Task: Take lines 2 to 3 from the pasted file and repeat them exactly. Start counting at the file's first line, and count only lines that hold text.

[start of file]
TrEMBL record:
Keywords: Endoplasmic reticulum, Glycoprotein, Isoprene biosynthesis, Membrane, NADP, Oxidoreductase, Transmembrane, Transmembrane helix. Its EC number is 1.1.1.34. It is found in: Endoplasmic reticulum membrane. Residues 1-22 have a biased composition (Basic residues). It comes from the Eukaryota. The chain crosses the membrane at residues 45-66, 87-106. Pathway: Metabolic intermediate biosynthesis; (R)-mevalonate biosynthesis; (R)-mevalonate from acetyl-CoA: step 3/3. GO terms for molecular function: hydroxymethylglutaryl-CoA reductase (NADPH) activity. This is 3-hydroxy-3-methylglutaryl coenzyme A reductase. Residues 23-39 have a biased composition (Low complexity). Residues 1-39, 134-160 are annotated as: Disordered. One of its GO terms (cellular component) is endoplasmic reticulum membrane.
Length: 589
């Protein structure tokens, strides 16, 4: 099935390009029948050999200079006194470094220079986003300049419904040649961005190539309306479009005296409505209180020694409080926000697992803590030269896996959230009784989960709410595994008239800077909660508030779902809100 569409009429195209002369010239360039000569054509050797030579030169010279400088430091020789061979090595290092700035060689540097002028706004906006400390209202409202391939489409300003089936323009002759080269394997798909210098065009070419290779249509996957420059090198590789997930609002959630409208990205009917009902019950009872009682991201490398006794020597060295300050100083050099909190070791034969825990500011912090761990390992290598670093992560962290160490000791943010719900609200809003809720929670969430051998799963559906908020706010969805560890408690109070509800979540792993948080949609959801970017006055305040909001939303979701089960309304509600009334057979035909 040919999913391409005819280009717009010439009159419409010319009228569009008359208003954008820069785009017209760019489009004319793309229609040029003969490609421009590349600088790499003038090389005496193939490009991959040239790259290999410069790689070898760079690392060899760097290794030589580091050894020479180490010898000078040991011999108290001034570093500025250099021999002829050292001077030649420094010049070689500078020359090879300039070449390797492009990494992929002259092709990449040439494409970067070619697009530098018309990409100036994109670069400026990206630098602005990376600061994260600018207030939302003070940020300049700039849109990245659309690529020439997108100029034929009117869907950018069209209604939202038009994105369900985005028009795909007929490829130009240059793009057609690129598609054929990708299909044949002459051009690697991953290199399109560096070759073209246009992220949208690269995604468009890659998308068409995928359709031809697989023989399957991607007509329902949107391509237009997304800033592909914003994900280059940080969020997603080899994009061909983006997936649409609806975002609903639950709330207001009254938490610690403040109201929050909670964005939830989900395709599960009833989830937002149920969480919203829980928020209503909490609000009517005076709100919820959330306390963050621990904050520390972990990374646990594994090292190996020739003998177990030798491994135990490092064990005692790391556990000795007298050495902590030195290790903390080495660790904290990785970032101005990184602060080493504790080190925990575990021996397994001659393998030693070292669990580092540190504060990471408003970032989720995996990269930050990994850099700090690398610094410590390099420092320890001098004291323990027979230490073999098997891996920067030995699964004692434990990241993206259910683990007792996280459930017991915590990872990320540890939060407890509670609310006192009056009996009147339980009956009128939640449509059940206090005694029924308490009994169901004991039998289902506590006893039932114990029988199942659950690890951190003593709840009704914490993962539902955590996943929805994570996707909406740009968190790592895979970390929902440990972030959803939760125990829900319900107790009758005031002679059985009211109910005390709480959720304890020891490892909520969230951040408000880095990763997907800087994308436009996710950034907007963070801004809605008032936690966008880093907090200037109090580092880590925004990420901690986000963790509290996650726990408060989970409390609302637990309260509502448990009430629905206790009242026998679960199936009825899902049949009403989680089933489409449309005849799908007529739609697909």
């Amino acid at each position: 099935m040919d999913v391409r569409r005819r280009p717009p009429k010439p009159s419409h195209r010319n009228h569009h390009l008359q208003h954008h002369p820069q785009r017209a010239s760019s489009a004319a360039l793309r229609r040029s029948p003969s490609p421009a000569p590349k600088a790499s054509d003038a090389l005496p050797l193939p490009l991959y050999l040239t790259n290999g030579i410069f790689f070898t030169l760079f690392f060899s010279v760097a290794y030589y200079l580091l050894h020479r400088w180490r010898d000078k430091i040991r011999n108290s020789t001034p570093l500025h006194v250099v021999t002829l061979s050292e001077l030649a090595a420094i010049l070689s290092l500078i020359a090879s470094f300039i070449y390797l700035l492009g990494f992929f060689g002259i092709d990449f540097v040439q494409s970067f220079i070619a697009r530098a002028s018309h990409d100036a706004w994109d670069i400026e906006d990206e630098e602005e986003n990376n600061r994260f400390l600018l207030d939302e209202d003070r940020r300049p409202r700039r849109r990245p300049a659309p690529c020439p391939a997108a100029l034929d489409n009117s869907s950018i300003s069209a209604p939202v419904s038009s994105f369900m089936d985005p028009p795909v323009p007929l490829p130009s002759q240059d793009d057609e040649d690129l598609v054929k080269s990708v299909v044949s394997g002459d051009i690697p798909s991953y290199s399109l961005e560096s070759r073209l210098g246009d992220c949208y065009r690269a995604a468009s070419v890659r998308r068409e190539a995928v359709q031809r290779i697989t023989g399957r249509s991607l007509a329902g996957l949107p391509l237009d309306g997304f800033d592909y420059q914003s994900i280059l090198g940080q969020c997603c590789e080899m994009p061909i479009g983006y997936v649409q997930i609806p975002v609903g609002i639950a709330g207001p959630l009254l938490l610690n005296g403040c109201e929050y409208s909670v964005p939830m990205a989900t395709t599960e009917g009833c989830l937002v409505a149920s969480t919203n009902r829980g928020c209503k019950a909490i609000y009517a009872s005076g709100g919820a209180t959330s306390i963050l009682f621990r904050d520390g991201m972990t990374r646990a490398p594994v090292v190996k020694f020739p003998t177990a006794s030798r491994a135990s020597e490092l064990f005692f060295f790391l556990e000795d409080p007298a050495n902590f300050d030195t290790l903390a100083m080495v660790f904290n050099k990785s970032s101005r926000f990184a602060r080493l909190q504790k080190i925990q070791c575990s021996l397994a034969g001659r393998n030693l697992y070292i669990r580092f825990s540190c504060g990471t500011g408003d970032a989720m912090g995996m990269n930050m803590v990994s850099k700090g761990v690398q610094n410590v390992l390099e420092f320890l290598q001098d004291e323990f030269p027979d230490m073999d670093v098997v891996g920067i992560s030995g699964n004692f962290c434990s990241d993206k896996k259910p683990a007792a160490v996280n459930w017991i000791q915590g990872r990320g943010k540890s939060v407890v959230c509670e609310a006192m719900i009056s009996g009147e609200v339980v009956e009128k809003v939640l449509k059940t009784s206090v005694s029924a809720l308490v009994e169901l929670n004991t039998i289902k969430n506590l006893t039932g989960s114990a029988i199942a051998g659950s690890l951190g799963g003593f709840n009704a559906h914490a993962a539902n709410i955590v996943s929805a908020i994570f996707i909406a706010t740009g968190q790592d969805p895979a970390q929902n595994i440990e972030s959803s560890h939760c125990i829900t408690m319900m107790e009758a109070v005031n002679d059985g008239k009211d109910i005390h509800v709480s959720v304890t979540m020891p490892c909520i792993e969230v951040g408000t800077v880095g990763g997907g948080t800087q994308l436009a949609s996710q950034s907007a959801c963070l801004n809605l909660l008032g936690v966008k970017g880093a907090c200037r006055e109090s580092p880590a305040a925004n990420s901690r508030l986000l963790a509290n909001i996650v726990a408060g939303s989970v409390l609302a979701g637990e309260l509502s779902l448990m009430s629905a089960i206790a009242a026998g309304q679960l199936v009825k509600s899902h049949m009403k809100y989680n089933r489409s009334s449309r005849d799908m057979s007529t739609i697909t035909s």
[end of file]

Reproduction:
Keywords: Endoplasmic reticulum, Glycoprotein, Isoprene biosynthesis, Membrane, NADP, Oxidoreductase, Transmembrane, Transmembrane helix. Its EC number is 1.1.1.34. It is found in: Endoplasmic reticulum membrane. Residues 1-22 have a biased composition (Basic residues). It comes from the Eukaryota. The chain crosses the membrane at residues 45-66, 87-106. Pathway: Metabolic intermediate biosynthesis; (R)-mevalonate biosynthesis; (R)-mevalonate from acetyl-CoA: step 3/3. GO terms for molecular function: hydroxymethylglutaryl-CoA reductase (NADPH) activity. This is 3-hydroxy-3-methylglutaryl coenzyme A reductase. Residues 23-39 have a biased composition (Low complexity). Residues 1-39, 134-160 are annotated as: Disordered. One of its GO terms (cellular component) is endoplasmic reticulum membrane.
Length: 589